If there’s an acid test of a pressure-sensitive labeler’s ability to apply a full wraparound label accurately, that test may be the rectangular bottle. Curt Ware, production manager at American Supplement Technologies,
“With a rectangular bottle shape, if you don’t get the label started out evenly, the ends won’t meet once the label is fully applied. That’s what makes a full wrap label on a rectangular bottle a bit unusual. Most people use front-and-back labels when dealing with such a bottle shape.”
Ware knows whereof he speaks. His firm—a maker and marketer of high-end tanning and skin care solutions sold only through salons for $30 to $70 each—has been applying a label about 8” long to an 8.5-oz bottle of Designer Skin Splash tanning lotion for the past two years. Ware is convinced that the only labeling machine out there capable of applying such a label at acceptable speeds—in this case, about 50 bottles/min—is the one he’s using: the Model IL 6000 from Label-Aire (www.label-aire.com). His purchase of it came through distributor Taylor Made Labels (www.taylormadelabels.com).
“Bottles travel on a conveyor belt until they reach the wrap stations,” says Ware. “There, a belt spins at twice the speed of the conveyor belt on which the bottles sit. The bottle is pressed against a piece of foam to press the label on as it’s being pulled from the peel plate.”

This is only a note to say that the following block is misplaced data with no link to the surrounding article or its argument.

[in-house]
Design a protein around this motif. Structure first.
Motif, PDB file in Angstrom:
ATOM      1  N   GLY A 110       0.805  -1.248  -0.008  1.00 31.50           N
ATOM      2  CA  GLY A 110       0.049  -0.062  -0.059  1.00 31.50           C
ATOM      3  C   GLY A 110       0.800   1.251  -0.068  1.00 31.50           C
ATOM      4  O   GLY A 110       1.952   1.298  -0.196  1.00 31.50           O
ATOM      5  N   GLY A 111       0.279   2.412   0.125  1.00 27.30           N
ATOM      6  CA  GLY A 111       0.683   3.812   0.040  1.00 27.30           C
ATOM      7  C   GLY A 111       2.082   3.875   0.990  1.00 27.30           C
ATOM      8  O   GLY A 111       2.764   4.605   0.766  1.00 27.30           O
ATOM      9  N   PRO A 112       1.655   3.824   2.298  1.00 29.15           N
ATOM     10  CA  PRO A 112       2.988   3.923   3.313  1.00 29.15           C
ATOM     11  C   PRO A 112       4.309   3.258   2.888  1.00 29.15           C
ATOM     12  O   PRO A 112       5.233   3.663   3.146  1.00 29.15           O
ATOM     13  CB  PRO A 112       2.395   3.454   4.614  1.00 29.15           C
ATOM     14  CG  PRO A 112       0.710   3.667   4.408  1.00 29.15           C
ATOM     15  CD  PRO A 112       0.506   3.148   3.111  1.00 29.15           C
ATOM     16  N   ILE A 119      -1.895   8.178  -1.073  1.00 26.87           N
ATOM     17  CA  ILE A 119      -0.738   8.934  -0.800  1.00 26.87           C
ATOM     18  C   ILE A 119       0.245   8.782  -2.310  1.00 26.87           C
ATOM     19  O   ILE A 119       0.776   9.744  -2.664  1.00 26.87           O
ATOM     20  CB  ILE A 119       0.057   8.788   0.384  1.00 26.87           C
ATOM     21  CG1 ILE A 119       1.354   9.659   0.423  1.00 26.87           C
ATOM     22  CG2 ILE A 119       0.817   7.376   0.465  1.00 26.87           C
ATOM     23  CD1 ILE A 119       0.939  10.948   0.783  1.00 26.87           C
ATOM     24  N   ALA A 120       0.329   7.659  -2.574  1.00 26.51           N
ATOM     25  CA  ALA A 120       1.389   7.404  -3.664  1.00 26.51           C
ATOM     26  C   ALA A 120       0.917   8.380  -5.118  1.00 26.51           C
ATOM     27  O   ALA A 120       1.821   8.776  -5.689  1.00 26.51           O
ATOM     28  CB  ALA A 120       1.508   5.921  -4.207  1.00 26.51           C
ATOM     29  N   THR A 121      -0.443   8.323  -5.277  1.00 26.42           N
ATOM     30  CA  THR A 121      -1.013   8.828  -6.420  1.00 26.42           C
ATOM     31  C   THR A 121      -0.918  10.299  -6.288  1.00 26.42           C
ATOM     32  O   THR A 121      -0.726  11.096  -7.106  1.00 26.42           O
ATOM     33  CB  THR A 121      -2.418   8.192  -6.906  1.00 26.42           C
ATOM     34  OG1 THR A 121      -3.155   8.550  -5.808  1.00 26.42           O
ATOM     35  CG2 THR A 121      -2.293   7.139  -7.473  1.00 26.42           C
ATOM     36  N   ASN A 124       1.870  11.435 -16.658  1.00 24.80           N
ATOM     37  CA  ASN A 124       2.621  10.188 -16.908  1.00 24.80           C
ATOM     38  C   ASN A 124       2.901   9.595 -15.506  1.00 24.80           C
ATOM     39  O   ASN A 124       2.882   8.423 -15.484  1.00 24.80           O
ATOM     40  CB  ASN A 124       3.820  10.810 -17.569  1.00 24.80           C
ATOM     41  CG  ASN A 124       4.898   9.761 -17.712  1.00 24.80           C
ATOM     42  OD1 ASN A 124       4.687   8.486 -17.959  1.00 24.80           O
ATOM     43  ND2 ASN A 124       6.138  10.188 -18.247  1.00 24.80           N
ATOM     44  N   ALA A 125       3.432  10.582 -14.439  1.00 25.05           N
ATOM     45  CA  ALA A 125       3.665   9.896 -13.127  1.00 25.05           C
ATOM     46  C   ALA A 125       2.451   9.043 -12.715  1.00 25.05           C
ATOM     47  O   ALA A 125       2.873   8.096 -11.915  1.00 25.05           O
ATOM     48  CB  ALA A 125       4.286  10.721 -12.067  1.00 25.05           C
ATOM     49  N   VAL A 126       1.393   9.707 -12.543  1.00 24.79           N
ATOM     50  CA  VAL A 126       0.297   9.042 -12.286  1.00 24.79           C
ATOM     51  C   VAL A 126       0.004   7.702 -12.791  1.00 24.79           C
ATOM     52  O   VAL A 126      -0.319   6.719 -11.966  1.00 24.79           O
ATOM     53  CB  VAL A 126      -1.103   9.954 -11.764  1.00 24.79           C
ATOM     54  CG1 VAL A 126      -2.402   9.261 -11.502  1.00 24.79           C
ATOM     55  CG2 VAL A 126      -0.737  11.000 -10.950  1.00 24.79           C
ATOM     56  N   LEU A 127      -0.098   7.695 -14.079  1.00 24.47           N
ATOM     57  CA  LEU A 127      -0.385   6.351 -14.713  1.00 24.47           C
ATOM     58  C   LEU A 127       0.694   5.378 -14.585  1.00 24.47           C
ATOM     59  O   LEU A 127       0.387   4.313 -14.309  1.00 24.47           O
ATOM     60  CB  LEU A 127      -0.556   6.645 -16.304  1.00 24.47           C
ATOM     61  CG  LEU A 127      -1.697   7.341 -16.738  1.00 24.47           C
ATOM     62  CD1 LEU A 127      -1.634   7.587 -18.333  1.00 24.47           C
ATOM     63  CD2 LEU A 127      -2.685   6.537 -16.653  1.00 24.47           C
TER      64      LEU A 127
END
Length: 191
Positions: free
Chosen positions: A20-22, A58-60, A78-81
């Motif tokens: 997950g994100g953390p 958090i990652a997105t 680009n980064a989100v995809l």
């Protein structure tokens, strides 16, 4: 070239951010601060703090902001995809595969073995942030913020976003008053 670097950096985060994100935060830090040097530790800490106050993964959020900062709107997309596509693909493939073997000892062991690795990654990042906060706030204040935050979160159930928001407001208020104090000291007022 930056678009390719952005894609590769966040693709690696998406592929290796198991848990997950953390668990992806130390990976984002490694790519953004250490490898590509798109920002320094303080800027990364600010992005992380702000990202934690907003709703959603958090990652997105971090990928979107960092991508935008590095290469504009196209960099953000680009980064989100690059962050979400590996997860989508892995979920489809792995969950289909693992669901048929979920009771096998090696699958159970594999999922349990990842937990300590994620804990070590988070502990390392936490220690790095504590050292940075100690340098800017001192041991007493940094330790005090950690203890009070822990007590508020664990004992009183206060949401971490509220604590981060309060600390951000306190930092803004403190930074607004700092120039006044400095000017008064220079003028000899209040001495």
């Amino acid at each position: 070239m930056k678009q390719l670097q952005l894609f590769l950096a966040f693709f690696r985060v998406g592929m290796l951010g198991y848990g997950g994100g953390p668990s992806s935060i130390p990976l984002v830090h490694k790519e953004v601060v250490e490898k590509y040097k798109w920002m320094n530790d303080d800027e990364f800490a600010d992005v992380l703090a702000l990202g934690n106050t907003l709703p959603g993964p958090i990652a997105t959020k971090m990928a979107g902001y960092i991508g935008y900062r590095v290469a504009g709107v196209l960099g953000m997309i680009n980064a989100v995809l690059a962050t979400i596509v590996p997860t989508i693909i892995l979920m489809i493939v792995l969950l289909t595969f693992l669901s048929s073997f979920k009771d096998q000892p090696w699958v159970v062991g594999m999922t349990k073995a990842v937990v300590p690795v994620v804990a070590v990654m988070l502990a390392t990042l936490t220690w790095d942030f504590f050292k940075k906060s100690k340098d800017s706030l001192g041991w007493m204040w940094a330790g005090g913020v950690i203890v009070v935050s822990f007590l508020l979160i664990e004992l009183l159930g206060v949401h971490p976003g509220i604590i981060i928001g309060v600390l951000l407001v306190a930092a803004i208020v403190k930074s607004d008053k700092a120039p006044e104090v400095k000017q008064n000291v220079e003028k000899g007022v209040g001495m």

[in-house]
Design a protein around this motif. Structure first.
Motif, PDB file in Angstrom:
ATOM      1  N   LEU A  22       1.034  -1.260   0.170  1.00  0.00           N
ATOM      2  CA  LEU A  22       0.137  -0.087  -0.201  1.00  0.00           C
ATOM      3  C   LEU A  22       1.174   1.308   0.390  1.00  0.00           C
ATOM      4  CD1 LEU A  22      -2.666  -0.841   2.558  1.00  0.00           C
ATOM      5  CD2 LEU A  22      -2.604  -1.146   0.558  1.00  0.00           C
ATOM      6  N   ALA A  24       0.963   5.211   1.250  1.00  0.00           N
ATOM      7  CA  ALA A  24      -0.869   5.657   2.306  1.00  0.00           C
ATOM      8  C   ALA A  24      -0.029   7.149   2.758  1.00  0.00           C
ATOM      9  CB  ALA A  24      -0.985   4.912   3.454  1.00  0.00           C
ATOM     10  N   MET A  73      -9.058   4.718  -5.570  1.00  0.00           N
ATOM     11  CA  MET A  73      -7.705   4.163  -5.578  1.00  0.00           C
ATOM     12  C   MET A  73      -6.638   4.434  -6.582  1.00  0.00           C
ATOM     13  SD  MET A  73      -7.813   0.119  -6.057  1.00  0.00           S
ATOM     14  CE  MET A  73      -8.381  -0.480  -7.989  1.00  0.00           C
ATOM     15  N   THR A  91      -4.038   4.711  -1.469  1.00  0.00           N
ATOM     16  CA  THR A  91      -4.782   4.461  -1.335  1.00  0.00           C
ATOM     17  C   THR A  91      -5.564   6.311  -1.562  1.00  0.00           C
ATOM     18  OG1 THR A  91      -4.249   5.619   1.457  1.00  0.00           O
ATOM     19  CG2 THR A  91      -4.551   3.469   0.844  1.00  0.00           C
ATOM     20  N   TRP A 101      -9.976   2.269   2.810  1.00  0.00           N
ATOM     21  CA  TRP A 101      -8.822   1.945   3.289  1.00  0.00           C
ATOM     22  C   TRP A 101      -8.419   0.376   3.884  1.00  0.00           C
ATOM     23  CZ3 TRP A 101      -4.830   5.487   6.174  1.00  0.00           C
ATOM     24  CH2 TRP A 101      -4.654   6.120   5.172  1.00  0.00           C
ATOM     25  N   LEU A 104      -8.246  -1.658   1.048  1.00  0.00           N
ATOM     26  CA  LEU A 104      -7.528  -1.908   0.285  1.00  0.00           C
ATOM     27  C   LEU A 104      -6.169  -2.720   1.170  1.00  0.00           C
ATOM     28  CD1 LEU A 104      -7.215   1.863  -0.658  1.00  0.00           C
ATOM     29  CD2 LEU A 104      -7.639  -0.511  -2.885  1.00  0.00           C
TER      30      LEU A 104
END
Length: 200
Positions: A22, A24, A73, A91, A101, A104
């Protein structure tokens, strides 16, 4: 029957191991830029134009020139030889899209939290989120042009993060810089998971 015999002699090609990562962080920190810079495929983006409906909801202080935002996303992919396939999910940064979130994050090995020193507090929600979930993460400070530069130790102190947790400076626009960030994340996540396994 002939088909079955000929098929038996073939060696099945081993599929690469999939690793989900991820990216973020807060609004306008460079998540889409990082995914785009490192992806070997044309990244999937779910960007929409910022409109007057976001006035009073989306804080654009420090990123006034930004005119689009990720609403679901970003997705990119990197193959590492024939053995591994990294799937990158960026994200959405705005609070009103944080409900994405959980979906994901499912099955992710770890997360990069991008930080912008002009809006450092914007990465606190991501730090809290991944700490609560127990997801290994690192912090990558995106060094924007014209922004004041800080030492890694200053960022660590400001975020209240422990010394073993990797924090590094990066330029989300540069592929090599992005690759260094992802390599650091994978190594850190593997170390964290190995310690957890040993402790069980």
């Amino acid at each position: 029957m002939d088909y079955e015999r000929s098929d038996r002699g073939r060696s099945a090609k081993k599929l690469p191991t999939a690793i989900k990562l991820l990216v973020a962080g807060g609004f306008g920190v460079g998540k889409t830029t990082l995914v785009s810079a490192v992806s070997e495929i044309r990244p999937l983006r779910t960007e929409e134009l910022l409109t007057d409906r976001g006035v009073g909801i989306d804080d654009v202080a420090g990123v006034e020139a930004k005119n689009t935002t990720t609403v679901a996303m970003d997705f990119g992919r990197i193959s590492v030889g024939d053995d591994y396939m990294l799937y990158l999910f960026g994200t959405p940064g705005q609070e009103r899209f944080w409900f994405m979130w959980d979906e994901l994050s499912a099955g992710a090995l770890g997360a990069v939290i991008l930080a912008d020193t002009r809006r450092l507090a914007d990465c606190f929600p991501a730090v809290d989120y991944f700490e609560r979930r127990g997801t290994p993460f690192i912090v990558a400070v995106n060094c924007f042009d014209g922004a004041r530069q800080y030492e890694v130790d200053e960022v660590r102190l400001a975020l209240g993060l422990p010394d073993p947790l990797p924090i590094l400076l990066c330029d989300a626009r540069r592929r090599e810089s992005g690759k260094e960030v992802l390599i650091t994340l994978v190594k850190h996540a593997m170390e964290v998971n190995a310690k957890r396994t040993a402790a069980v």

What the Label-Aire machine is extraordinarily good at doing, ways Ware, is getting the wraparound label started out evenly. Once that’s accomplished, a good outcome is pretty much guaranteed. Moreover, costs are kept in check because with accuracy of application comes less label waste.
Ware says that the rectangular bottle for which the label was installed is likely to be discontinued this summer. But the labeler isn’t going anywhere. A second labeling head has been added to the Label-Aire machine and now it’s being used for front-and-back labeling of a 13.5-oz PET bottle holding the new Designer Skin Speed of Light line. Like Designer Skin Splash, it will be distributed only through the salon channel.
“As times change and our marketing strategy evolves,”says Ware, “our labeler has been able to change right along with us. That’s the real story here. That and the ability to keep costs down by keeping waste to a minimum.”